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Database ‘Natural Building stone in monuments'


direct link to database                                                                                                                                                                                                      NL



 The database made available here is part of a larger whole of  natural stone inventorisation by the Geological Survey of Belgium - RBINS. This website is a representation of the access database which has been maintained as a work in progress for quite some time. In addition to this access database, the GSB has an extensive photo library of the monuments, a collection of natural stones from monuments and quarry samples, archival documents such as the manuscripts of Carl Camerman and the natural stone files of Paul Dumon, and some specific collections such as the 1897 expo collection and the Horta collection. In addition, the Geological Survey of Belgium has developed a bibliographic database on the geology of Belgium in access with keyword and geological map search functions, linked to the pdf of the articles concerned (when available or accessible). Currently this contains more than 2000 natural stone references.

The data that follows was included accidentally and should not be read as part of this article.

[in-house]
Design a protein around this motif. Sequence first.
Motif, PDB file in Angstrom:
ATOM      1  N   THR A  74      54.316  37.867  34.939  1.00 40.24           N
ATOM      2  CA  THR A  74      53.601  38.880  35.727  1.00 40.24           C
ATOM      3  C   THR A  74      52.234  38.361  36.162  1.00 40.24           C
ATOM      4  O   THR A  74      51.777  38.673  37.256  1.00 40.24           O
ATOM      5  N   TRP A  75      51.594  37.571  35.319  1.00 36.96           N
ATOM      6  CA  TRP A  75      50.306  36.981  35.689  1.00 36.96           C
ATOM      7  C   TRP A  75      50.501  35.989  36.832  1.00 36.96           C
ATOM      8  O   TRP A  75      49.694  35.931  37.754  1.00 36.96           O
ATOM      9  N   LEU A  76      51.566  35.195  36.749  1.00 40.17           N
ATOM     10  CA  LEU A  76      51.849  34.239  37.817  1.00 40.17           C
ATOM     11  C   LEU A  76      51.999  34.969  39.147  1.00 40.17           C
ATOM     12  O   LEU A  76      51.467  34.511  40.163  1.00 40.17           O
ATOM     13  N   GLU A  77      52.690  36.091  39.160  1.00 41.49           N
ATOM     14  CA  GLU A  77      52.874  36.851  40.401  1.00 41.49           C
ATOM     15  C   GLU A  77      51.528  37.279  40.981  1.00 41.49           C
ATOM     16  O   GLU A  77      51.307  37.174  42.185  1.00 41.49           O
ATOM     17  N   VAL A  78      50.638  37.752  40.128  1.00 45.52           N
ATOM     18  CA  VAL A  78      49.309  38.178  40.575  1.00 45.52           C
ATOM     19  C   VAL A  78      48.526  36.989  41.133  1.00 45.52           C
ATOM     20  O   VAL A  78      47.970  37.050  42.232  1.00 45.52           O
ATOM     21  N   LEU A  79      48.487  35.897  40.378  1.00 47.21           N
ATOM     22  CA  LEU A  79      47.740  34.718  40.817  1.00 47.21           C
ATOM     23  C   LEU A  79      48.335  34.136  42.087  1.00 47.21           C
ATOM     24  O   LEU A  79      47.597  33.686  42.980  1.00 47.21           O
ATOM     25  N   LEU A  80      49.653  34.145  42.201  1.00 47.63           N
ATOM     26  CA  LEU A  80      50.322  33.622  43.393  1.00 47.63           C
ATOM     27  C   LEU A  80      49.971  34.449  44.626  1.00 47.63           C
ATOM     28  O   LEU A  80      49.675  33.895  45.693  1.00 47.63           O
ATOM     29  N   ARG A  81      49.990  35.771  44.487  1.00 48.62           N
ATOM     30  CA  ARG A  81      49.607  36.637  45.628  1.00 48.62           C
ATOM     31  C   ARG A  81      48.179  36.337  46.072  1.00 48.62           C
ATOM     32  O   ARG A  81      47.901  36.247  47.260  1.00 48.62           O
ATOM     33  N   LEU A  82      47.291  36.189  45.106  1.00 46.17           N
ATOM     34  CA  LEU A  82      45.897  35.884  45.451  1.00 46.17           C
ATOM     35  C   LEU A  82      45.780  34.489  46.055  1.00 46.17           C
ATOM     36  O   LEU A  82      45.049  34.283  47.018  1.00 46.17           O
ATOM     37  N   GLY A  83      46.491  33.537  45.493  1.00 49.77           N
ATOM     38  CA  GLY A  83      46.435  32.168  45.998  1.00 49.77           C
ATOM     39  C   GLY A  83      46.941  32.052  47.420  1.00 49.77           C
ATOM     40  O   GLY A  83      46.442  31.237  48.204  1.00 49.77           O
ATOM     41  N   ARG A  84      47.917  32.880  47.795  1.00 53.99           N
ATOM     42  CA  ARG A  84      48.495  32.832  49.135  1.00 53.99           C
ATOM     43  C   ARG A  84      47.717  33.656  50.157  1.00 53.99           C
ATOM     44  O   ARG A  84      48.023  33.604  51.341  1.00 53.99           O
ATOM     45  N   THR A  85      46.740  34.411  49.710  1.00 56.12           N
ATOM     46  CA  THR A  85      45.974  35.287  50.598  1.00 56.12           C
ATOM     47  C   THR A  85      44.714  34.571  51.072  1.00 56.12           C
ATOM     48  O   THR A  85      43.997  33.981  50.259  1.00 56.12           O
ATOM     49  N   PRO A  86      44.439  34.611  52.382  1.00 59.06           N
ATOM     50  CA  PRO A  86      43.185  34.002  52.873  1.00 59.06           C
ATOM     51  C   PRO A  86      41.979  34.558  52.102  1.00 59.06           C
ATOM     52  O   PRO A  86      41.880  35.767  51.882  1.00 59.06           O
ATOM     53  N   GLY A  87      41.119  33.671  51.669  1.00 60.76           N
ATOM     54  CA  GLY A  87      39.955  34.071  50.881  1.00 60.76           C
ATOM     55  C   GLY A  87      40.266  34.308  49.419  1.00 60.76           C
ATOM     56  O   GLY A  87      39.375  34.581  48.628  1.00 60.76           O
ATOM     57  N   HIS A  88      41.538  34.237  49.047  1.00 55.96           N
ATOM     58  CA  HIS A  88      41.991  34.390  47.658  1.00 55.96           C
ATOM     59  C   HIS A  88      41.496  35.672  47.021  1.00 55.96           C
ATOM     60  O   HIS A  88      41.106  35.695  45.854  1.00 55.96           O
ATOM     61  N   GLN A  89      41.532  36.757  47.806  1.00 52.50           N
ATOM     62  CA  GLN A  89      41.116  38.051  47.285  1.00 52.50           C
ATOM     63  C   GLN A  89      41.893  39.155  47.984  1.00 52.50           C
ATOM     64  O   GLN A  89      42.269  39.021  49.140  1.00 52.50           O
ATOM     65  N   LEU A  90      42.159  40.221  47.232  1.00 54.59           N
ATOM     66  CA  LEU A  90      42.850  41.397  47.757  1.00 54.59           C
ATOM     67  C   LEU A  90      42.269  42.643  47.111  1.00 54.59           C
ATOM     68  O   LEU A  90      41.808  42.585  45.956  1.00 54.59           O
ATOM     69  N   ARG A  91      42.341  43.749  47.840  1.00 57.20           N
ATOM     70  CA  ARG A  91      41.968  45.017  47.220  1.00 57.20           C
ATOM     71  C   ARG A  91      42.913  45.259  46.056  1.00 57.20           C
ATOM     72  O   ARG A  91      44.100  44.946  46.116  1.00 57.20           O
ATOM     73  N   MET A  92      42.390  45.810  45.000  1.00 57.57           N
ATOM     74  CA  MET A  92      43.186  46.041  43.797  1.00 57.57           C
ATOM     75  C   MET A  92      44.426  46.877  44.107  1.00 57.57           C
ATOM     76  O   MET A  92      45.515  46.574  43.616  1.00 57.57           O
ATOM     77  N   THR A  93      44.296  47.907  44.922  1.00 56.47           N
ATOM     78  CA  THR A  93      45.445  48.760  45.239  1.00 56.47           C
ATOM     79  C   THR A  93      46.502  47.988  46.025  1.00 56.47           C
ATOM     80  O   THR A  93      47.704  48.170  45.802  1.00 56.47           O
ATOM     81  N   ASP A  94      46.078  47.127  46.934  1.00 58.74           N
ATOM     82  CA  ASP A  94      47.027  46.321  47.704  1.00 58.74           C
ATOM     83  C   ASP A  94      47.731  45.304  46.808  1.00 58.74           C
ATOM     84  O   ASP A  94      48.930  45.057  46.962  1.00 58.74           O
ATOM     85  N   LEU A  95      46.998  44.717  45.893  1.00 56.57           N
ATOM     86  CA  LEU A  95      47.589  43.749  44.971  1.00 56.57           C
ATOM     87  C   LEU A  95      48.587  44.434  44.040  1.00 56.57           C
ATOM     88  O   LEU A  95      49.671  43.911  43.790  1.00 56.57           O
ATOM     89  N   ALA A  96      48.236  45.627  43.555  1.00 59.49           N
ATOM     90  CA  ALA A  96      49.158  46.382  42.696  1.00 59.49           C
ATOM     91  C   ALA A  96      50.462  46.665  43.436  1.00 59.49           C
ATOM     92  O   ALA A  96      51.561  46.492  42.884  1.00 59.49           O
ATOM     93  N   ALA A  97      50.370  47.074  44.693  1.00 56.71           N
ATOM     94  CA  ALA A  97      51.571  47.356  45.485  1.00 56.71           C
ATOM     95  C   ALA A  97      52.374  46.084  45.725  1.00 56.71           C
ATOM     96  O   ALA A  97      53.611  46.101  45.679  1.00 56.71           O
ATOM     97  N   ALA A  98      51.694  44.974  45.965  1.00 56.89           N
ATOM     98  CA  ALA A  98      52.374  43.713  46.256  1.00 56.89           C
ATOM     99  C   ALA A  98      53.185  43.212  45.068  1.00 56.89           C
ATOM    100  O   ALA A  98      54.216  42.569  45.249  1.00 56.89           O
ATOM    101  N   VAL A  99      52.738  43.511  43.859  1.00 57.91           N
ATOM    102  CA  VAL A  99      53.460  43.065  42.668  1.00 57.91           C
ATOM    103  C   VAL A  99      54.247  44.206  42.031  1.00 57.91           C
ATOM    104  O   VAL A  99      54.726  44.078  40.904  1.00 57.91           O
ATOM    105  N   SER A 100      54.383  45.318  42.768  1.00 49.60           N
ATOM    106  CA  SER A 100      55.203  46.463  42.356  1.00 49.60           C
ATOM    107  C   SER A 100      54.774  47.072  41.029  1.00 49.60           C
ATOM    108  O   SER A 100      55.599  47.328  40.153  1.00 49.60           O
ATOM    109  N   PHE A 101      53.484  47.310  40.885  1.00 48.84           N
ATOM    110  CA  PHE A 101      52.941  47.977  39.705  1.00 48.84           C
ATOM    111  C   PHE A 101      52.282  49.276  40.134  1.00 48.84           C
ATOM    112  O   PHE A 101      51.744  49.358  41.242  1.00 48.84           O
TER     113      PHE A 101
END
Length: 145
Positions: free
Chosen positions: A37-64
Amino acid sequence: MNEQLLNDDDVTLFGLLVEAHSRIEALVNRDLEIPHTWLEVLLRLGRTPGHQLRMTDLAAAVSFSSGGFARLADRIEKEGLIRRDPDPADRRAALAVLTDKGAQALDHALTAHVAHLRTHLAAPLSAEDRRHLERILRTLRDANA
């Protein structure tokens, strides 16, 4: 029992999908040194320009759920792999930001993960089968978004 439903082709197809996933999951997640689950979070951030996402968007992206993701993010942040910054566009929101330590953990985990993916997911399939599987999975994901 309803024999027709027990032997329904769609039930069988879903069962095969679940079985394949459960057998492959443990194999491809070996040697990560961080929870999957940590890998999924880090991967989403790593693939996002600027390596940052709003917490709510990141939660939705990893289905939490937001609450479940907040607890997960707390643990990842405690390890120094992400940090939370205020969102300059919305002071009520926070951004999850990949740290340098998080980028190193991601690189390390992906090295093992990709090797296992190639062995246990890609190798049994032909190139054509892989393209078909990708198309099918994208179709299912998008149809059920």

The use of the digitally shared database is free provided that the source is acknowledged: name of institution, year, title of database, internet address, date of consultation. We are not responsible for any problems or errors resulting from the use of this database.


  1. Version

The information of the different monuments are available through different tabs by letter, including all buildings within the municipalities starting with the letter of the chosen tab. The information is available in a table indicating the following items :

Municipality = amalgamated municipality

Name monument = (amalgamated) municipality and name of the building

Type of building = indication regarding the type of building